McWhorter, John. 2017. Talking Back, Talking Black: Truths About America's Lingua Franca. Bellevue Literary Press.
McWhorter is a linguistics professor at Columbia and also a bit of a public intellectual.
This sentence from the book's final chapter captures its main point:
"I have sought to help the reader actually hear Black English in a new way, to hear it as an alternate kind of English rather than as bad grammar and a lively slang."
Put differently, McWhorter wants you to think of Black English in relation to Standard American English like you would Swiss German in relation to High German or Scots in relation to standard British English. It seeks to persuade intelligent and curious non-linguists to adopt this view by providing a gentle introduction to relevant aspects of the academic literature on the substance and history of Black English. I found the case it makes compelling.
Along the way, the reader learns fun new terms like "diglossia", "monophthongization", and "variationist socio-linguistics" and receives a short lesson on the history of minstrelsy. I particularly enjoyed McWhorter's takes on Harry Reid's famous comment about Obama's speaking style and on the NFL's "who dat" New Orleans Saints t-shirt controversy. And what one might call his "third way" take on the n-word provides an elegant, linguistically grounded, and new (to me at least) way to think about an old issue.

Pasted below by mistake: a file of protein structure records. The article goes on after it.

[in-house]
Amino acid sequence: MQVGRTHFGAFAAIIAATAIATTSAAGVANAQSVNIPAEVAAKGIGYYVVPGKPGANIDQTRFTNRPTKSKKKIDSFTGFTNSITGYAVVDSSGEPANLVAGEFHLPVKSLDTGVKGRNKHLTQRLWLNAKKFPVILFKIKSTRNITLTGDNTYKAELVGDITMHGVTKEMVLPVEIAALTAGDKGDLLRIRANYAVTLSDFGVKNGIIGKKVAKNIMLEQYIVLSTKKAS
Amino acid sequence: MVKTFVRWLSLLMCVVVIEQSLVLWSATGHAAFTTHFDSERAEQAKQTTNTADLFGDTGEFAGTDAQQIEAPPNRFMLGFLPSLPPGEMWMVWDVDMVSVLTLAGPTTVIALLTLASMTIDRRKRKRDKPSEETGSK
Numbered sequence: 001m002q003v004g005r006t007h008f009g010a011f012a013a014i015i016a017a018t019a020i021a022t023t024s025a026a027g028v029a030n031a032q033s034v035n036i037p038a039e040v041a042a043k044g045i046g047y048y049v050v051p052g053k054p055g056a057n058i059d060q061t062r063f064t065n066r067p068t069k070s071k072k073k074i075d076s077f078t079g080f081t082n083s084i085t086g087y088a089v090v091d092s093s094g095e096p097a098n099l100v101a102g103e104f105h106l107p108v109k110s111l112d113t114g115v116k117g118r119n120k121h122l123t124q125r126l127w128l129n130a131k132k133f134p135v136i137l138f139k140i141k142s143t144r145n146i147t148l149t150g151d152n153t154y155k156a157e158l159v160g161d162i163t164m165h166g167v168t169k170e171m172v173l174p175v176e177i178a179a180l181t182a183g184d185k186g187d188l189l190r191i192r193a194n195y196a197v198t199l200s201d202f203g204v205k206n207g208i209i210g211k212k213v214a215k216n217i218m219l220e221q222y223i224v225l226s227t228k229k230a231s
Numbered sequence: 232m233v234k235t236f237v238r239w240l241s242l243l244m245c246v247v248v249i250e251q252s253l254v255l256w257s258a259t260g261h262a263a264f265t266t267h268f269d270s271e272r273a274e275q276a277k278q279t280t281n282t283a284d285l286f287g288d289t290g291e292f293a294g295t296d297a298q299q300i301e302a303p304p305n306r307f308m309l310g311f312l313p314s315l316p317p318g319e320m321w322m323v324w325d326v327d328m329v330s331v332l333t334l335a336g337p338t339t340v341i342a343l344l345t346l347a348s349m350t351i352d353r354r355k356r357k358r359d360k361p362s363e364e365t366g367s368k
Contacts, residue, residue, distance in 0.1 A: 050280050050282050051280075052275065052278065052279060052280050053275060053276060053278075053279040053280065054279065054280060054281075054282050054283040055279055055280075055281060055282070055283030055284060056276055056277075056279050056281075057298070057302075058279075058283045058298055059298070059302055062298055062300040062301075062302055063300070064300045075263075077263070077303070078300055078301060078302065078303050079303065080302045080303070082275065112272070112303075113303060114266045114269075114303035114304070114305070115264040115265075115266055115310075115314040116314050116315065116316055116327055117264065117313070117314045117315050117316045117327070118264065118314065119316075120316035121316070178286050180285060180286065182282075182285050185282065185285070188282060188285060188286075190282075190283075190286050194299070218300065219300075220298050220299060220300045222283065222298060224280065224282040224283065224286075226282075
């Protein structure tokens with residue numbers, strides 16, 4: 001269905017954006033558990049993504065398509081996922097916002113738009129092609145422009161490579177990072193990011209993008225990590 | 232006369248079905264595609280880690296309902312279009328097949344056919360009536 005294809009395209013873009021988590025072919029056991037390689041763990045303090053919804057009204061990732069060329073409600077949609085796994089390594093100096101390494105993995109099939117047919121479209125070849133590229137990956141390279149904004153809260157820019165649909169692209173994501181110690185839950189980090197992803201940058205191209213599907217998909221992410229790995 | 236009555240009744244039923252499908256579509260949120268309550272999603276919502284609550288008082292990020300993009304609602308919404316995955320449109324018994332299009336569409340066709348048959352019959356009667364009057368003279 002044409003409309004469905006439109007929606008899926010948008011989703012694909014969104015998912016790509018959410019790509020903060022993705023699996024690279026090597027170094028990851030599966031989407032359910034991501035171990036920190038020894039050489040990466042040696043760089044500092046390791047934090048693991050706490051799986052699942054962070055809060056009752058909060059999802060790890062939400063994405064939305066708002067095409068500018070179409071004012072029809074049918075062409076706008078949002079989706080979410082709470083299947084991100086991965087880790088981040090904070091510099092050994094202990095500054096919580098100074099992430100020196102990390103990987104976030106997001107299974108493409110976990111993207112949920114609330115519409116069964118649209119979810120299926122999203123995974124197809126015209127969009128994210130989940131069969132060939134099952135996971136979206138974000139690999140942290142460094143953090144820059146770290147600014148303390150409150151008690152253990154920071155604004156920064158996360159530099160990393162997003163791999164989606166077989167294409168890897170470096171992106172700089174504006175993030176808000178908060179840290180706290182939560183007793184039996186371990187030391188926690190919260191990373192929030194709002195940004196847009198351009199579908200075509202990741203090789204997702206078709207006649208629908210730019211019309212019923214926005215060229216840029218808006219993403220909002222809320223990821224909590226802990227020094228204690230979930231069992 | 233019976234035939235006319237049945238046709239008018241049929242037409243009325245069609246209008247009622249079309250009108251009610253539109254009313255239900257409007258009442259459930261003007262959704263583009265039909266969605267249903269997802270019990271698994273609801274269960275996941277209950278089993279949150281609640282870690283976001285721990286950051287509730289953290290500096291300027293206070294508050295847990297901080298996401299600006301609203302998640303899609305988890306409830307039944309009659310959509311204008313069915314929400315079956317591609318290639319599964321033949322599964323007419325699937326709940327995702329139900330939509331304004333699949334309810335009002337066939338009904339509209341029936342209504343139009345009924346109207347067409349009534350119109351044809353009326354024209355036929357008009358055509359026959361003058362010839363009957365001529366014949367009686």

I found McWhorter's prose a delight to read. The blurb from the New Yorker review on the back cover refers to his "intelligent breeziness" - surely a compliment we can all aspire to. McWhorter also does a fine job of deploying pop culture references. I laughed aloud on numerous occasions.
Finally, the most astounding thing about this book in this age of polarization and cancel culture is McWhorter's generosity of spirit. He assumes his reader is intelligent, reasonable, interested in learning and, perhaps, in being persuaded to change their mind, and proceeds accordingly. Amazing.
I ordered this from the soon-to-reopen-for-browsing Seminary Co-op Bookstore. You can too.